Environmental and taxonomic controls of carbon and oxygen stable isotope composition in <i>Sphagnum</i> across broad climatic and geographic ranges Academic Article uri icon

abstract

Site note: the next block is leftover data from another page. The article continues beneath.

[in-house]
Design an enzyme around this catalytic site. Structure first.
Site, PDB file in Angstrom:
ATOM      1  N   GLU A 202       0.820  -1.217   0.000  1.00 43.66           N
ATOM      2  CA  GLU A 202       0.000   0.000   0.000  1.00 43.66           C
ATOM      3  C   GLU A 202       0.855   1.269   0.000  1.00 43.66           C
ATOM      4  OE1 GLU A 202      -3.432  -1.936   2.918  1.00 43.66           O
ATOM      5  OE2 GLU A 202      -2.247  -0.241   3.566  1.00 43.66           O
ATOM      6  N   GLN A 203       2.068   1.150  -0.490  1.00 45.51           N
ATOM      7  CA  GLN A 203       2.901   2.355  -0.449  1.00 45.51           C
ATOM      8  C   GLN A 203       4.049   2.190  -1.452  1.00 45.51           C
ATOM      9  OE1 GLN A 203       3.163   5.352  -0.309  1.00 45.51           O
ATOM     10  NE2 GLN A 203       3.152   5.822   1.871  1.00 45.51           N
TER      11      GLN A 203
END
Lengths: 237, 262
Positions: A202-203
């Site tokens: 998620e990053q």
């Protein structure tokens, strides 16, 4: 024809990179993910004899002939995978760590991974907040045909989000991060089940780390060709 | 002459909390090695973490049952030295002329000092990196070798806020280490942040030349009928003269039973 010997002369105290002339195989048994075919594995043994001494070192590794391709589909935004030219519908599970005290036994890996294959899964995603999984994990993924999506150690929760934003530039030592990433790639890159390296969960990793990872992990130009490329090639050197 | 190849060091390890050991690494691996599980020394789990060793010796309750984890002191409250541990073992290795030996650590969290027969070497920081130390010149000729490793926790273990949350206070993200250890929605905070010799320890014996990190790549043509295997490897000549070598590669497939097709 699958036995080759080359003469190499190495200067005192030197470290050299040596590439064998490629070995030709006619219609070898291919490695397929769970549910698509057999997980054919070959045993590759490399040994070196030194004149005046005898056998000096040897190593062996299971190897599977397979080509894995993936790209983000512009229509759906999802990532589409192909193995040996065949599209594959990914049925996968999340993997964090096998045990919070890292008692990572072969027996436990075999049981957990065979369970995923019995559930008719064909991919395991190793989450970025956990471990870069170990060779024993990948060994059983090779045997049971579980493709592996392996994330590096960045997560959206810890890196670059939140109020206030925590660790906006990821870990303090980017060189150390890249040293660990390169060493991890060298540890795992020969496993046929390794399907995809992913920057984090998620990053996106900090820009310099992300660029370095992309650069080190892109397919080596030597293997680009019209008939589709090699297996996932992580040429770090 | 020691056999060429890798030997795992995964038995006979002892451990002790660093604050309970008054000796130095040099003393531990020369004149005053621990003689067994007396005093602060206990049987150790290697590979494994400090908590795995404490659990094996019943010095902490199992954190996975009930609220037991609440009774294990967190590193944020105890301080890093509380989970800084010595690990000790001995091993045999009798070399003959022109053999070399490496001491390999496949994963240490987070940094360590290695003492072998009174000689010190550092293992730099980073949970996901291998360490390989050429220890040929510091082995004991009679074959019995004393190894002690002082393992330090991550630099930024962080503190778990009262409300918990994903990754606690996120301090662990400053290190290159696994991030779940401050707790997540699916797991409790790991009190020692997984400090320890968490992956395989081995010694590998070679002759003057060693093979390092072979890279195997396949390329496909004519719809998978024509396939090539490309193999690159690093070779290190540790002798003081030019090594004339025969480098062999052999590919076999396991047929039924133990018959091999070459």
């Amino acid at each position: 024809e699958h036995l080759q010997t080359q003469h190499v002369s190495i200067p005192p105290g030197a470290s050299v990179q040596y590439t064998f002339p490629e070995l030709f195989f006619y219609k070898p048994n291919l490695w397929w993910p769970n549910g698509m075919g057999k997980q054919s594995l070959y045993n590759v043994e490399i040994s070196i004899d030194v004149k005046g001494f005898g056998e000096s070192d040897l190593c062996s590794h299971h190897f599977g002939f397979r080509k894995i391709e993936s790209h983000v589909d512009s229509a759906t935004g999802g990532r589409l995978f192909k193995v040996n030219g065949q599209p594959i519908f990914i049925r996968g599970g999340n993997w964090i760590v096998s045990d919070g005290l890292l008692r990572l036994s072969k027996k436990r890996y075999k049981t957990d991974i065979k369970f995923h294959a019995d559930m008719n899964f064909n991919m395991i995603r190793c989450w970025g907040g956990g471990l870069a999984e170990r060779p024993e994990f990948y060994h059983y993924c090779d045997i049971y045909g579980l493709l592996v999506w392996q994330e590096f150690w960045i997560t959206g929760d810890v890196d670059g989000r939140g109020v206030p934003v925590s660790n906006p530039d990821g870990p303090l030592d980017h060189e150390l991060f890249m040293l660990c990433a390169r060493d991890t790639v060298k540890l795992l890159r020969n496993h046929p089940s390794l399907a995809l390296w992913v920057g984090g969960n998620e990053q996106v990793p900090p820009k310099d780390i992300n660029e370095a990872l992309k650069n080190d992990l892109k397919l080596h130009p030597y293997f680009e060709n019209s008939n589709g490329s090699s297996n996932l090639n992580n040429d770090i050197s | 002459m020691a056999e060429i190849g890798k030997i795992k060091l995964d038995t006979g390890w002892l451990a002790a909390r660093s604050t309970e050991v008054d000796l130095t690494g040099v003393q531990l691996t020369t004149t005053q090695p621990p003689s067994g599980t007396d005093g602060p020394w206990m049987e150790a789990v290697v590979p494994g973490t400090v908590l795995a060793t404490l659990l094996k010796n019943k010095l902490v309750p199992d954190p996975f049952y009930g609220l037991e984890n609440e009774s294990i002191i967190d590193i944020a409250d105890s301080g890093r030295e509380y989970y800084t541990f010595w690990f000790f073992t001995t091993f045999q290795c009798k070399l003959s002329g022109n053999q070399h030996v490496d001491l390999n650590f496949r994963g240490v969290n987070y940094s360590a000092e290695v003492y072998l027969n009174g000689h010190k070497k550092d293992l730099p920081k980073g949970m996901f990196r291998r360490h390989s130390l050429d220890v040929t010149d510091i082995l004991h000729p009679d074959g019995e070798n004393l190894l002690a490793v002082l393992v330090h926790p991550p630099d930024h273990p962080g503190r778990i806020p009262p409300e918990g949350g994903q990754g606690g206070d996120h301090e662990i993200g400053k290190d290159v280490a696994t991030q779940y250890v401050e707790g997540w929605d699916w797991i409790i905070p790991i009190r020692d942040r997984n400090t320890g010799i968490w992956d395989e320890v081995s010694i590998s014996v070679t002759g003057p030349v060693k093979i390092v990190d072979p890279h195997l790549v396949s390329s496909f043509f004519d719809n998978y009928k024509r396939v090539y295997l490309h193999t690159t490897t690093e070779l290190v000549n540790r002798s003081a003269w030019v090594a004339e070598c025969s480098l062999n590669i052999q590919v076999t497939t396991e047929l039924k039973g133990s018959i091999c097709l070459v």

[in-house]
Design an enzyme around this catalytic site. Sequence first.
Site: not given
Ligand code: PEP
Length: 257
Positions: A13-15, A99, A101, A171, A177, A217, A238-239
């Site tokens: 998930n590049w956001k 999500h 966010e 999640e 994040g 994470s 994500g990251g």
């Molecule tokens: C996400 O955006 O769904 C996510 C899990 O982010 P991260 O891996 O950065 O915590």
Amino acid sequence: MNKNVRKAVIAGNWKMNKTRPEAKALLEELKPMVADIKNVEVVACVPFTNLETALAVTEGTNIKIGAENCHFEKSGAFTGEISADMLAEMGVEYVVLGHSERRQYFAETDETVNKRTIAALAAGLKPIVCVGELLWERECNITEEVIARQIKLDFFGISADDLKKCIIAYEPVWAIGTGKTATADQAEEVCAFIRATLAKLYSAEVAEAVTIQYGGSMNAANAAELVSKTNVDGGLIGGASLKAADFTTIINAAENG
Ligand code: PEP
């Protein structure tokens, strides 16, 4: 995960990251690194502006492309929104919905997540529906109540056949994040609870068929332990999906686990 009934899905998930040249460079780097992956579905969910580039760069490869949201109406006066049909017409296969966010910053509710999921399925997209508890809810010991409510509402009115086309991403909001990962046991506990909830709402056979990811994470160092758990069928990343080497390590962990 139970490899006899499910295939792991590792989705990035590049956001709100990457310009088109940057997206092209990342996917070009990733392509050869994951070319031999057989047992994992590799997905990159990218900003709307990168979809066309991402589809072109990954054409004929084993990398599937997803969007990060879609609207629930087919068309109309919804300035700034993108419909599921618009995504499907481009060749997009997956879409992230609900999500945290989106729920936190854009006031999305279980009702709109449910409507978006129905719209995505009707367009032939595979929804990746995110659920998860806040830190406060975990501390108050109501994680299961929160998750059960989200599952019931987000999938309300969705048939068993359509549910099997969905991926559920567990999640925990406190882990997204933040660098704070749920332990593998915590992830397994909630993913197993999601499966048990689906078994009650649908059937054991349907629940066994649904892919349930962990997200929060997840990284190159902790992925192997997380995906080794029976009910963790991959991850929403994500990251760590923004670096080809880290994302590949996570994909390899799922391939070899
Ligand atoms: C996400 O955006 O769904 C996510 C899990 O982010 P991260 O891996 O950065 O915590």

• <p><strong>Abstract.</strong> Rain-fed peatlands are dominated by peat mosses (<i>Sphagnum</i> sp.), which for their growth depend on nutrients, water and <span class="inline-formula">CO<sub>2</sub></span> uptake from the atmosphere. As the isotopic composition of carbon (<span class="inline-formula"><sup>12,13</sup>C</span>) and oxygen (<span class="inline-formula"><sup>16,18</sup>O</span>) of these <i>Sphagnum</i> mosses are affected by environmental conditions, <i>Sphagnum</i> tissue accumulated in peat constitutes a potential long-term archive that can be used for climate reconstruction. However, there is inadequate understanding of how isotope values are influenced by environmental conditions, which restricts their current use as environmental and palaeoenvironmental indicators. Here we tested (i) to what extent C and O isotopic variation in living tissue of <i>Sphagnum</i> is species-specific and associated with local hydrological gradients, climatic gradients (evapotranspiration, temperature, precipitation) and elevation; (ii) whether the C isotopic signature can be a proxy for net primary productivity (NPP) of <i>Sphagnum</i>; and (iii) to what extent <i>Sphagnum</i> tissue <span class="inline-formula"><i>?</i><sup>18</sup>O</span> tracks the <span class="inline-formula"><i>?</i><sup>18</sup>O</span> isotope signature of precipitation. In total, we analysed 337 samples from 93 sites across North America and Eurasia using two important peat-forming <i>Sphagnum </i>species (<i>S. magellanicum</i>, <i>S. fuscum</i>) common to the Holarctic realm. There were differences in <span class="inline-formula"><i>?</i><sup>13</sup>C</span> values between species. For <i>S. magellanicum</i> <span class="inline-formula"><i>?</i><sup>13</sup>C</span> decreased with increasing height above the water table (HWT, <span class="inline-formula"><i>R</i><sup>2</sup>=17</span><span class="thinspace"></span>%) and was positively correlated to productivity (<span class="inline-formula"><i>R</i><sup>2</sup>=7</span><span class="thinspace"></span>%). Together these two variables explained 46<span class="thinspace"></span>% of the between-site variation in <span class="inline-formula"><i>?</i><sup>13</sup>C</span> values. For <i>S. fuscum</i>, productivity was the only significant predictor of <span class="inline-formula"><i>?</i><sup>13</sup>C</span> but had low explanatory power (total <span class="inline-formula"><i>R</i><sup>2</sup>=6</span><span class="thinspace"></span>%). For<span id="page5191"/> <span class="inline-formula"><i>?</i><sup>18</sup>O</span> values, approximately 90<span class="thinspace"></span>% of the variation was found between sites. Globally modelled annual <span class="inline-formula"><i>?</i><sup>18</sup>O</span> values in precipitation explained 69<span class="thinspace"></span>% of the between-site variation in tissue <span class="inline-formula"><i>?</i><sup>18</sup>O</span>. <i>S. magellanicum</i> showed lower <span class="inline-formula"><i>?</i><sup>18</sup>O</span> enrichment than <i>S. fuscum</i> (<span class="inline-formula">?</span>0.83<span class="thinspace"></span>‰ lower). Elevation and climatic variables were weak predictors of tissue <span class="inline-formula"><i>?</i><sup>18</sup>O</span> values after controlling for <span class="inline-formula"><i>?</i><sup>18</sup>O</span> values of the precipitation. To summarize, our study provides evidence for (a) good predictability of tissue <span class="inline-formula"><i>?</i><sup>18</sup>O</span> values from modelled annual <span class="inline-formula"><i>?</i><sup>18</sup>O</span> values in precipitation, and (b) the possibility of relating tissue <span class="inline-formula"><i>?</i><sup>13</sup>C</span> values to HWT and NPP, but this appears to be species-dependent. These results suggest that isotope composition can be used on a large scale for climatic reconstructions but that such models should be species-specific.</p>

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